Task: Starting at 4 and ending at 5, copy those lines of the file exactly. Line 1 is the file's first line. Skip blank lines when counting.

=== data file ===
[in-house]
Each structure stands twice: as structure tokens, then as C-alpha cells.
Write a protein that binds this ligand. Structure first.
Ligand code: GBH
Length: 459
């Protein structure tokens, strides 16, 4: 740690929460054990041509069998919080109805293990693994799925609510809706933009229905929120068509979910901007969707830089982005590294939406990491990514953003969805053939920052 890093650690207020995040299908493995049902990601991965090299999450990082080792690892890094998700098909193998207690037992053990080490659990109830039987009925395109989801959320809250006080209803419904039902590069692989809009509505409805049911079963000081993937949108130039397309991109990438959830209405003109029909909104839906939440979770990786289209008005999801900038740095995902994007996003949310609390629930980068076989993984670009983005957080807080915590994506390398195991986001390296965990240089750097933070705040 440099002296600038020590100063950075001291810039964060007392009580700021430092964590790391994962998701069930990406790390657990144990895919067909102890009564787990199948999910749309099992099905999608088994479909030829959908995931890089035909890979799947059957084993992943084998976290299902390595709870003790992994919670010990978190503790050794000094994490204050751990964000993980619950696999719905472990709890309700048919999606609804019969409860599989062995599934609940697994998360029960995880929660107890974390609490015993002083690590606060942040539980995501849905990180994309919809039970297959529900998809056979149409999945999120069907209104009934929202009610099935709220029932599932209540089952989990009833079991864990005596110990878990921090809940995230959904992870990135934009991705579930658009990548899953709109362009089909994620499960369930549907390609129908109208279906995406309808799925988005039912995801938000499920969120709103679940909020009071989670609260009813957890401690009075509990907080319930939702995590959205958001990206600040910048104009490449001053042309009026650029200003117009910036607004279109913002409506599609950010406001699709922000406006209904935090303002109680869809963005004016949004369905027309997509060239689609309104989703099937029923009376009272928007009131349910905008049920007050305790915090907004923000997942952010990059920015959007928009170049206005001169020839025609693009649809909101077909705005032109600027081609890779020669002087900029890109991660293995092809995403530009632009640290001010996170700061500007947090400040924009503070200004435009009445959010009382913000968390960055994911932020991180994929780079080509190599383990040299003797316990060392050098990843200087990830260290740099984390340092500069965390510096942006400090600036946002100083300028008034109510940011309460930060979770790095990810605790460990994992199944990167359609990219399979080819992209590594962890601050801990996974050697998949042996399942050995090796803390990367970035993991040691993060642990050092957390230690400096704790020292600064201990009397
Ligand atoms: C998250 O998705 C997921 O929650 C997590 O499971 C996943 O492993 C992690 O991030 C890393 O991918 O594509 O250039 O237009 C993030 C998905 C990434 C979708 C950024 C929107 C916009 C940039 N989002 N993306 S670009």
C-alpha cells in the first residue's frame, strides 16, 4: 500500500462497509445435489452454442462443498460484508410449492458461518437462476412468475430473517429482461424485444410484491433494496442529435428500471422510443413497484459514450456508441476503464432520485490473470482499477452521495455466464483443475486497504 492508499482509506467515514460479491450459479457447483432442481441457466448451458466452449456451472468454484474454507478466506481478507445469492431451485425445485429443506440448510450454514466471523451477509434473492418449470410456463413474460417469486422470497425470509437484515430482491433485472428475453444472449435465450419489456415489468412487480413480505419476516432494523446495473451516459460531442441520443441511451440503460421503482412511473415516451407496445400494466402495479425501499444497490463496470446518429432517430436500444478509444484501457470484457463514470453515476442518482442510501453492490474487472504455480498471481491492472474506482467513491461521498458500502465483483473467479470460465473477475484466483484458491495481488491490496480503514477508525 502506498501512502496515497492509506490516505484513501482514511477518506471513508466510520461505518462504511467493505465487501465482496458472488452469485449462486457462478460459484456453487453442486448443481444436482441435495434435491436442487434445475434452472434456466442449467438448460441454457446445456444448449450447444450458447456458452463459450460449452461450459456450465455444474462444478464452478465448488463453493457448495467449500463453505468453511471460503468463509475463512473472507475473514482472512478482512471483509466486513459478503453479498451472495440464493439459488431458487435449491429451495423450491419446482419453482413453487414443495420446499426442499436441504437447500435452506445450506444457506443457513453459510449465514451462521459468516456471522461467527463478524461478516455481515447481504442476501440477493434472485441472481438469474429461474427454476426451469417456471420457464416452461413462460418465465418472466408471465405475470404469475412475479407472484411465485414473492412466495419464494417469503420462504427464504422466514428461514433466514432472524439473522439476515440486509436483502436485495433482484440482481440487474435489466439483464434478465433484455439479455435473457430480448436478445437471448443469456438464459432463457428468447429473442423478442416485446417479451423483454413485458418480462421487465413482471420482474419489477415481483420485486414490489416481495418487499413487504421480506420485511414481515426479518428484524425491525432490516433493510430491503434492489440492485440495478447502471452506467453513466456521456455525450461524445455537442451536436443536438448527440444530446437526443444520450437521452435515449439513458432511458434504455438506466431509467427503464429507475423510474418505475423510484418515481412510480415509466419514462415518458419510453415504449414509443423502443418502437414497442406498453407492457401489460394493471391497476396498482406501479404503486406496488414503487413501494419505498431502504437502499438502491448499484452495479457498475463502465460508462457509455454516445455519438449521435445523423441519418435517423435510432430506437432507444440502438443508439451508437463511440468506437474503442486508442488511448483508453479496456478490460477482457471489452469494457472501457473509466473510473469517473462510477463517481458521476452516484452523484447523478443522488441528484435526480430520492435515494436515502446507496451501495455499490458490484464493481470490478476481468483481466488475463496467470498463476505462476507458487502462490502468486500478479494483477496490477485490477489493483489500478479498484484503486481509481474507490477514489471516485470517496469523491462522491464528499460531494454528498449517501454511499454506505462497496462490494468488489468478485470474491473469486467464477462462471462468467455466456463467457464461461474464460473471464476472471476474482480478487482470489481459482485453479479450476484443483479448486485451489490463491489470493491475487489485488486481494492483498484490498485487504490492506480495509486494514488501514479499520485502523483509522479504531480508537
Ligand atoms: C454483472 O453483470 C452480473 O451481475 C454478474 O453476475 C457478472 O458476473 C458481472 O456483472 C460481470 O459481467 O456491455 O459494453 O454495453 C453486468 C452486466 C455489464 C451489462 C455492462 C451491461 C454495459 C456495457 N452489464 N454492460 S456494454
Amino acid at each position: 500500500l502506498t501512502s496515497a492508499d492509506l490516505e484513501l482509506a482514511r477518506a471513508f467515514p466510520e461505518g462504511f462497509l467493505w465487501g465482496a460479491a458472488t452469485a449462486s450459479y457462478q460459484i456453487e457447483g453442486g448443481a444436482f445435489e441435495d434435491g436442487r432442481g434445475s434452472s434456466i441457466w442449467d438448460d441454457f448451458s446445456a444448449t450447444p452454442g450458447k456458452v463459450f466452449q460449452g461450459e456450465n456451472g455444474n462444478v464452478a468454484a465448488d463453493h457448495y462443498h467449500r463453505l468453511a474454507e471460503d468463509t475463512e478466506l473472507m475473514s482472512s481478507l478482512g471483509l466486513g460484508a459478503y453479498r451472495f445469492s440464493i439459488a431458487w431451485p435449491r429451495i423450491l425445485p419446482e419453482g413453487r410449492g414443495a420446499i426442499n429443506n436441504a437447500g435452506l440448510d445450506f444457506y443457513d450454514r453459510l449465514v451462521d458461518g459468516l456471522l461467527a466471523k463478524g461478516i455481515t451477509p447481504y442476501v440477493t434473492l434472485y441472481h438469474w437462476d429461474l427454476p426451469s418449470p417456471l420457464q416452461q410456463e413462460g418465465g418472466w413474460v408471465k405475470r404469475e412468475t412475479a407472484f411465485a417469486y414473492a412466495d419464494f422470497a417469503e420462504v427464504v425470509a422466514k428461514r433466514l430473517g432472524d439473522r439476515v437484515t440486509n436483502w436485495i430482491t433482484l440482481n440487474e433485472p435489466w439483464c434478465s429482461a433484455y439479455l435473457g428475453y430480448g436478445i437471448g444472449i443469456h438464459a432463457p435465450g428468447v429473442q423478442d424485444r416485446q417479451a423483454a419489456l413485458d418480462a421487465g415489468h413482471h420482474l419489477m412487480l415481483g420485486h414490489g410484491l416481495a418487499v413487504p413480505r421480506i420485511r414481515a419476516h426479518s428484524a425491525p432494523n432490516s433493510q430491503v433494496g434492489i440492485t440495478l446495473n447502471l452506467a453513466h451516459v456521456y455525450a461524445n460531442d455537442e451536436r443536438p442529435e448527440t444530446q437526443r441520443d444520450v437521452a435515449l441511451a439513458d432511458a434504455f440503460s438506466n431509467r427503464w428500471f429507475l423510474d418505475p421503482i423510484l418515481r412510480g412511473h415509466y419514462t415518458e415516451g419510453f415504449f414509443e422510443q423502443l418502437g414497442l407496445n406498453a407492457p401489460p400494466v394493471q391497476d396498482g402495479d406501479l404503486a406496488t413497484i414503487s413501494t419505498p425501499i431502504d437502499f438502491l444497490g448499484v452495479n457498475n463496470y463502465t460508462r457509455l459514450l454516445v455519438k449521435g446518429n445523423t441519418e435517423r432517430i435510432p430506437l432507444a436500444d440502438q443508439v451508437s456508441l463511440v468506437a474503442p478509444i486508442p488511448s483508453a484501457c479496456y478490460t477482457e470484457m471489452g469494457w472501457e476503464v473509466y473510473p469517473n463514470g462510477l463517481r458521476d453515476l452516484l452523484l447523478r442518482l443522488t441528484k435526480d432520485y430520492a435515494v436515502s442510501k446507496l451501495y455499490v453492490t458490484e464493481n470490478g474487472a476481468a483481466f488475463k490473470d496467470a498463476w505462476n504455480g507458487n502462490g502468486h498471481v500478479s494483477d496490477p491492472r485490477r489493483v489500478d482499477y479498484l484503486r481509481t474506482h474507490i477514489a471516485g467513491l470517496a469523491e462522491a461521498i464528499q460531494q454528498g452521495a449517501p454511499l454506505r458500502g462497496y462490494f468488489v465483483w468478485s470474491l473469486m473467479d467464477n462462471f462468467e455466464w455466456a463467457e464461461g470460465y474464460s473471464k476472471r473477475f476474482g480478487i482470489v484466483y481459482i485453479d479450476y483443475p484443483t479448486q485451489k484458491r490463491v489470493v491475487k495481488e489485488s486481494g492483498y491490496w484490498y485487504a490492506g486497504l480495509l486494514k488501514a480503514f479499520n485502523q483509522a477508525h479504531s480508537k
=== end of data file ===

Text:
Ligand code: GBH
Length: 459